Samir Husni: With Bonnier, you have a sort of three-legged stool business model, with events and other revenue units, do you think that the magazine industry was slow to change when it comes to that traditional advertising business model?

Eric Zinczenko: I do, but I think everybody now is following this diversified model. But I think the answer to your question is yes, a lot of companies were slow because it’s hard. When you have large organizations built on decades of success under one model and then you’re forced to explore a new future path for sustainability, that gets difficult for an organization; it gets difficult for cultures. And there is a resistance to change, orthodoxies are present and oftentimes people are scared or hesitant. And I think it’s a typical response.

The harder response is to lean into disruption and I always say don’t adjust, but disrupt and go for bold, and you’re beginning to see companies do that. I know you’ve interviewed other peers who are beginning to make bold decisions and move as quickly as they can.

Samir Husni: Do you think digital, with all its platforms, including social media, is a friend or a foe to magazine media?

Eric Zinczenko: I think social media is both a friend and foe. It’s such a powerful medium. The sheer scale and immediacy is so powerful, how can it not be both? Used correctly, magazine brands can reach new audiences, deliver content and news instantaneously. And then there are metrics, so thanks to those metrics we are closer to understanding the consumer more than ever before, and while doing so I think you have a chance to add brand awareness and equity overtime. But used incorrectly, we’ve all witnessed the damage that can be done with social media platforms. They’re so powerful that brand equity and reputations can erode in minutes or even be destroyed with the medium.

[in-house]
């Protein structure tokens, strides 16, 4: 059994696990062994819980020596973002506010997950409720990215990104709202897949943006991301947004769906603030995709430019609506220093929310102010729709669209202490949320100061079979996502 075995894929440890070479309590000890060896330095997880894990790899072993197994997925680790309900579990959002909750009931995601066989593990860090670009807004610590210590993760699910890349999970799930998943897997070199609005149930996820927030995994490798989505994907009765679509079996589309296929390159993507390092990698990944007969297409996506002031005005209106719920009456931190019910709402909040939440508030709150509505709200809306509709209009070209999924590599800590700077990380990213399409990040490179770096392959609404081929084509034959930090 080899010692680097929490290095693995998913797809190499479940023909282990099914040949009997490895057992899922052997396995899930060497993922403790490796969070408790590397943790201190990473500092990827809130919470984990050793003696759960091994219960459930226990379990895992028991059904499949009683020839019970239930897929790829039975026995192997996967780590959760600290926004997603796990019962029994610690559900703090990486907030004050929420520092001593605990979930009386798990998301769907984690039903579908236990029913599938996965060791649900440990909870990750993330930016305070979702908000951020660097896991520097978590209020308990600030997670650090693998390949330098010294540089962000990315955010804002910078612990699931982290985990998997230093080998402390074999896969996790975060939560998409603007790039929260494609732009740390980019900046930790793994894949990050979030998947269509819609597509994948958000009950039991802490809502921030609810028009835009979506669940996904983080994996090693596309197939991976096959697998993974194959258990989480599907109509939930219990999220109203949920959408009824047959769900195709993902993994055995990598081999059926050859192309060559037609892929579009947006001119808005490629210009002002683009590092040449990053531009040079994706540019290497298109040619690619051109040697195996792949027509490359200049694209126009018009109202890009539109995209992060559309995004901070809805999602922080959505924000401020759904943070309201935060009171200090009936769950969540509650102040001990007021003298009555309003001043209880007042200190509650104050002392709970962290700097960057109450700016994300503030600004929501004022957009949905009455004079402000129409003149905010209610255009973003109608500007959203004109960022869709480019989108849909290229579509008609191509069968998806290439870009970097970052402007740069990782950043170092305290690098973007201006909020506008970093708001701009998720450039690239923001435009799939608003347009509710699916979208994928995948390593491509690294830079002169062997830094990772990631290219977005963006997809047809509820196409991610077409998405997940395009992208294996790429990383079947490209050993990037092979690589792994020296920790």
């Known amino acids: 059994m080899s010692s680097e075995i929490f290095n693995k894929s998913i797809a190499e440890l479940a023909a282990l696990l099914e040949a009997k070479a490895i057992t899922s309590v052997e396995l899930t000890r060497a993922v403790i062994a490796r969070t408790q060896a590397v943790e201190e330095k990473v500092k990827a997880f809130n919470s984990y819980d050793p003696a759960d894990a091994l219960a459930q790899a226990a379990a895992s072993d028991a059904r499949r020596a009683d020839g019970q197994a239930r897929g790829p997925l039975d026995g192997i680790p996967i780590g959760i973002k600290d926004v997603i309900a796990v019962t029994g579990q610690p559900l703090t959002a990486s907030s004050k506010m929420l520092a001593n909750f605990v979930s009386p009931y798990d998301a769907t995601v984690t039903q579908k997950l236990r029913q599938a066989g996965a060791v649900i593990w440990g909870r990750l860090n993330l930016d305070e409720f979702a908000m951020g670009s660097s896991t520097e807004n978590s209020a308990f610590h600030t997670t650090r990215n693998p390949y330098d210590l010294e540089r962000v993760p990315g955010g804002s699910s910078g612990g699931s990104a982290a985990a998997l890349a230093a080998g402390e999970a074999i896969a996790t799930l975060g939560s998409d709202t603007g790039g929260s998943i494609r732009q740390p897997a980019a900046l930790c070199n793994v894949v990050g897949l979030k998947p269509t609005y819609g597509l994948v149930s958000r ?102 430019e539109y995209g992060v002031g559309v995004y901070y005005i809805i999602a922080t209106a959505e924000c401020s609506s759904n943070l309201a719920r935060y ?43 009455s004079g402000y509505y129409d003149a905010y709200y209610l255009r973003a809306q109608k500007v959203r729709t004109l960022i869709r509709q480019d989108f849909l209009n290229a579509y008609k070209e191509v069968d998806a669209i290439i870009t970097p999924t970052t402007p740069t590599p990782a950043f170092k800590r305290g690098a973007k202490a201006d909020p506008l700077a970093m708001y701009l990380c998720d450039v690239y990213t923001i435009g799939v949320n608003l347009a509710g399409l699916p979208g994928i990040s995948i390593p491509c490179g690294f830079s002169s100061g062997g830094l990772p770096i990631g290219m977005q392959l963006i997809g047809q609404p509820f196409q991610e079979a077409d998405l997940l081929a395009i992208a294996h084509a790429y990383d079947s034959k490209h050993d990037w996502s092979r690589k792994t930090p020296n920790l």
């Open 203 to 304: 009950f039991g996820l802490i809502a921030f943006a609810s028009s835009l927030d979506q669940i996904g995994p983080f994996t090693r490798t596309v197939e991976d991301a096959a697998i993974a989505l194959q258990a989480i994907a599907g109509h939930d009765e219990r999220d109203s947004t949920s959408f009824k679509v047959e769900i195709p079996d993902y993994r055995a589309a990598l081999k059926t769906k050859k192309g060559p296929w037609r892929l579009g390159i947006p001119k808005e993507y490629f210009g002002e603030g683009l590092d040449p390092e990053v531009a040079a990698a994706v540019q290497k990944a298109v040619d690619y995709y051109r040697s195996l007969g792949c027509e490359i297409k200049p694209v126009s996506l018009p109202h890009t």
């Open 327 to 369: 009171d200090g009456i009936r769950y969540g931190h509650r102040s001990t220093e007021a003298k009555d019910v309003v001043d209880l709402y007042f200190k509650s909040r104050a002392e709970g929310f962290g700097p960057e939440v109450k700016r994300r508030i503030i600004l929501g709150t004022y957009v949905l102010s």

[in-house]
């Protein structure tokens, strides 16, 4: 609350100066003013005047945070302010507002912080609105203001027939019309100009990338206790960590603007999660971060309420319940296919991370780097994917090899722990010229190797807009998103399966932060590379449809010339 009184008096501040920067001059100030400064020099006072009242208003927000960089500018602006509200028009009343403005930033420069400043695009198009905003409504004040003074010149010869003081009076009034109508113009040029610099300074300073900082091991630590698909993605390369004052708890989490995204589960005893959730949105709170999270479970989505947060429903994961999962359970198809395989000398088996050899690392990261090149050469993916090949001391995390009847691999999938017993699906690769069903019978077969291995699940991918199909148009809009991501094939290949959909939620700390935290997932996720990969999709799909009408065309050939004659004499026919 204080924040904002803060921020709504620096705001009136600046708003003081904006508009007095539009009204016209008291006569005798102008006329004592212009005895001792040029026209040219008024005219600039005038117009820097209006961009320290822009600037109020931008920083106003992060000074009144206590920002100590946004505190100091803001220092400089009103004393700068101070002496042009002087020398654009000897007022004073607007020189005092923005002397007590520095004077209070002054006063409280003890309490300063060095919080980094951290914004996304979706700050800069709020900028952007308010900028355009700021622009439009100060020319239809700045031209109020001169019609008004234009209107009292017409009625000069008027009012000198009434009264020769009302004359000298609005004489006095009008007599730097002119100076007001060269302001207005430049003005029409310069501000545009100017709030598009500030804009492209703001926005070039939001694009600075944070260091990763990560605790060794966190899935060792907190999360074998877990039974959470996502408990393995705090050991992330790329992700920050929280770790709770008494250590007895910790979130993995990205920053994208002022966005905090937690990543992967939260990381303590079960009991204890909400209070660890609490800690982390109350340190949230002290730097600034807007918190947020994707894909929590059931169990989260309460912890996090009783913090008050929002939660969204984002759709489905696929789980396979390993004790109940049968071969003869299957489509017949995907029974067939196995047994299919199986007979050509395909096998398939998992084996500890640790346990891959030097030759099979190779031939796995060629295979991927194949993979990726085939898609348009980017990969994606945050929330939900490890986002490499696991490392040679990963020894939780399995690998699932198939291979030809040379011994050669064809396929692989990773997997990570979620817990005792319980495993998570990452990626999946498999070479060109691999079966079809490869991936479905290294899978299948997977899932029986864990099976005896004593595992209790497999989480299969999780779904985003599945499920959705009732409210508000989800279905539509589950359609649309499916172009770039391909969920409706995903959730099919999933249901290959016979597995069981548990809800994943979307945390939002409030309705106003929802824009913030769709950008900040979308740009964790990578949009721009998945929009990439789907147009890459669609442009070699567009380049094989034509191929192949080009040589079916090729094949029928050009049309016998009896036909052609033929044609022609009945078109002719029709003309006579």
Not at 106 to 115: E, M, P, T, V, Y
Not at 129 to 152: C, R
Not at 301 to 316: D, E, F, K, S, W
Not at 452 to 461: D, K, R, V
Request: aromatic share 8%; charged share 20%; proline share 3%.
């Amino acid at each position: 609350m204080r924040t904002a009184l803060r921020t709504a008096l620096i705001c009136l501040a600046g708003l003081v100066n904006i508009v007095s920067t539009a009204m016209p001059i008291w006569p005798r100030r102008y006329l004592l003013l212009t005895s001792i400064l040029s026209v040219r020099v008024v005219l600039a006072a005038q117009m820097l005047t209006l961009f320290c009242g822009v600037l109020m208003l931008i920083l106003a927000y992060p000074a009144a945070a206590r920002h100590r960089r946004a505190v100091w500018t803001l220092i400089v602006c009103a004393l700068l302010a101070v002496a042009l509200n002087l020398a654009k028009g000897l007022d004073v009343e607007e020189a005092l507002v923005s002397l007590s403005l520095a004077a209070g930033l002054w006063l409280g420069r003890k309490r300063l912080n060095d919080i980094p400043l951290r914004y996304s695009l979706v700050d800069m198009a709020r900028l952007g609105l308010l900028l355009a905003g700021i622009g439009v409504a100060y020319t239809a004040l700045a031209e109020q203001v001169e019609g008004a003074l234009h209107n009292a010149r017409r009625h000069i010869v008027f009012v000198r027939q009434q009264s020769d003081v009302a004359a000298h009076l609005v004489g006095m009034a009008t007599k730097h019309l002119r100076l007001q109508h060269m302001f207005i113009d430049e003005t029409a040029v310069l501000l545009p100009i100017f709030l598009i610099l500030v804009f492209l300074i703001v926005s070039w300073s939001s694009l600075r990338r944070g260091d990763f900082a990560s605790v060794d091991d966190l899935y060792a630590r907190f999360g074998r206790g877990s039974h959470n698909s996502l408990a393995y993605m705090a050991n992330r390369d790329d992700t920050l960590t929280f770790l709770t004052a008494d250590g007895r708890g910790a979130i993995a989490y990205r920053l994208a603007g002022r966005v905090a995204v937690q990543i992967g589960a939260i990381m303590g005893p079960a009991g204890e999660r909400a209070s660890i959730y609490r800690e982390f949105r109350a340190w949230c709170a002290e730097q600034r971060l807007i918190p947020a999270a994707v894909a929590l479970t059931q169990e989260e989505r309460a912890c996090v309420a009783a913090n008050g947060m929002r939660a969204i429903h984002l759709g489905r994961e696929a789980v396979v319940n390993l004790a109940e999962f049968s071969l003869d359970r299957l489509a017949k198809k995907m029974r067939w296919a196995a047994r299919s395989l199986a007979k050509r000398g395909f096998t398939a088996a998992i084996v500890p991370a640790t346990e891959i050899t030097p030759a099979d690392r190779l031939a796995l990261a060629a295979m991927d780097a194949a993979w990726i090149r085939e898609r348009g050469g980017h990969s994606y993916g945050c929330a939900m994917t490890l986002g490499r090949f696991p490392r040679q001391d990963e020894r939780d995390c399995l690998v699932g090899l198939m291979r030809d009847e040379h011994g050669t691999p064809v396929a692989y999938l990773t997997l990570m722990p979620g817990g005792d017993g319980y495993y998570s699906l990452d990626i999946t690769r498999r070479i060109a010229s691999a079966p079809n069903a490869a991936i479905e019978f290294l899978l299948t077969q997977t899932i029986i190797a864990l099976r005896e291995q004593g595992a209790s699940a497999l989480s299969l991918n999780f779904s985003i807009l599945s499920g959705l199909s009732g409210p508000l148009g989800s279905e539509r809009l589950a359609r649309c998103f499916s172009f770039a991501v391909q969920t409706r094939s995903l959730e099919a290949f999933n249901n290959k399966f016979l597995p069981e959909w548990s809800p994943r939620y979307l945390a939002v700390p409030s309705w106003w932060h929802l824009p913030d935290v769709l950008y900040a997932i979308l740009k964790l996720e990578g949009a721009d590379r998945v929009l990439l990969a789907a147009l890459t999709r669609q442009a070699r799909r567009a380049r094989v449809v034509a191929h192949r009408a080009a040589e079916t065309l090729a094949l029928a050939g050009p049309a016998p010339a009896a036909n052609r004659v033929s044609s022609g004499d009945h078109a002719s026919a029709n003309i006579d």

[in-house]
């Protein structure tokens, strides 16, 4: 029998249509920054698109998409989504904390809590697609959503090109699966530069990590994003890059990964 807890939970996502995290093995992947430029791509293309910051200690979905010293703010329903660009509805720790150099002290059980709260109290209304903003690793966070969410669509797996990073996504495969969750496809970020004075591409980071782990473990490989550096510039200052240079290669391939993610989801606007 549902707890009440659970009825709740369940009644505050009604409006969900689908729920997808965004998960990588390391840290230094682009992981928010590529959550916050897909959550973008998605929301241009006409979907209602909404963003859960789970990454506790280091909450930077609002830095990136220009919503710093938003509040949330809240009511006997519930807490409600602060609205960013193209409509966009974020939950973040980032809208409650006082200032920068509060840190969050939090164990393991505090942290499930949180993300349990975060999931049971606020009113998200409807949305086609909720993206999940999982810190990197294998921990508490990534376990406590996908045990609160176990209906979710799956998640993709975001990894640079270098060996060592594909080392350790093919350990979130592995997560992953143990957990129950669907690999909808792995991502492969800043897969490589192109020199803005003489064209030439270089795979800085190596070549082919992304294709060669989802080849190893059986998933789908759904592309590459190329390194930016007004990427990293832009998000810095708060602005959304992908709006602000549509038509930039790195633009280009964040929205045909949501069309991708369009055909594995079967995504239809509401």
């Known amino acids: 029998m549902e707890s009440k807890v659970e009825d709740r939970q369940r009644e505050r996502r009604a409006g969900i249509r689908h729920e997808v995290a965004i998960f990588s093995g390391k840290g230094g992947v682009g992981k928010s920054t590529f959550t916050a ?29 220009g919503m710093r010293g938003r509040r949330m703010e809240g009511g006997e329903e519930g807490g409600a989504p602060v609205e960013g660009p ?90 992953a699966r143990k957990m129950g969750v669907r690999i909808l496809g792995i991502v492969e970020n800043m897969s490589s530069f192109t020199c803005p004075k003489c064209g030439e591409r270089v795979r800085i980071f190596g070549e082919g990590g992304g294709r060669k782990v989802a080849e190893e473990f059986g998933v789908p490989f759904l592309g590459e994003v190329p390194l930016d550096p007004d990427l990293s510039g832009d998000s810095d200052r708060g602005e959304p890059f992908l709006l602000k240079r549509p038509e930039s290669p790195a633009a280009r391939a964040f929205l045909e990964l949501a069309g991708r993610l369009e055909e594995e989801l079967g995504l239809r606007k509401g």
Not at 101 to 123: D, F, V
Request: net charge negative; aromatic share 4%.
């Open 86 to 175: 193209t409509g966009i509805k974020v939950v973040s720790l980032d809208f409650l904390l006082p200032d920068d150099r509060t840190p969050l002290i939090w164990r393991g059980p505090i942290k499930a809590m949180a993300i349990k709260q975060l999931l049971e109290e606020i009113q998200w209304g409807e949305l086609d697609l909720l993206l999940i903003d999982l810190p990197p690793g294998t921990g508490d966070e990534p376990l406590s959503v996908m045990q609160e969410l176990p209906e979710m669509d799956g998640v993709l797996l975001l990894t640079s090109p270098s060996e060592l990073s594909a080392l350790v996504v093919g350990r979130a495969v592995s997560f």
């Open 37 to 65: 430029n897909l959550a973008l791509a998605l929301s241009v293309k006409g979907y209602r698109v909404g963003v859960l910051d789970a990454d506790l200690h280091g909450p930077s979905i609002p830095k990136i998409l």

But I know you asked this question because you understand that this relationship between publisher and platform is complex, which it is. Social media platforms have their own interests and they constantly change the rules, the algorithms; really anything that will tilt the field of play in their favor to protect their business interests, as they should. Obviously, it makes things more difficult for publishers and content producers, but these platforms with their sheer scales and social influence, their impact, they’re just too big to ignore.

Therefore I think it’s our responsibility as business leaders to be relentless in finding ways to explore the power of the platforms for our interest and business objectives.

Samir Husni: Is there anything you’d like to add?

Eric Zinczenko: These are challenging times, but I always say that I’m grateful that these are our problems to solve. I think we’re lucky to have this opportunity. I know you have interviewed many of my peers who are doing fantastic work in tough times, and watching their companies and our industry evolve over the last few years has been inspiring. I think 2019 will go down as one of our more difficult years at Bonnier Corp. and yet again, we will have another year of exceeding expectations. So, I feel fortunate for how our company is going into the holiday break here and look forward to our work in 2020.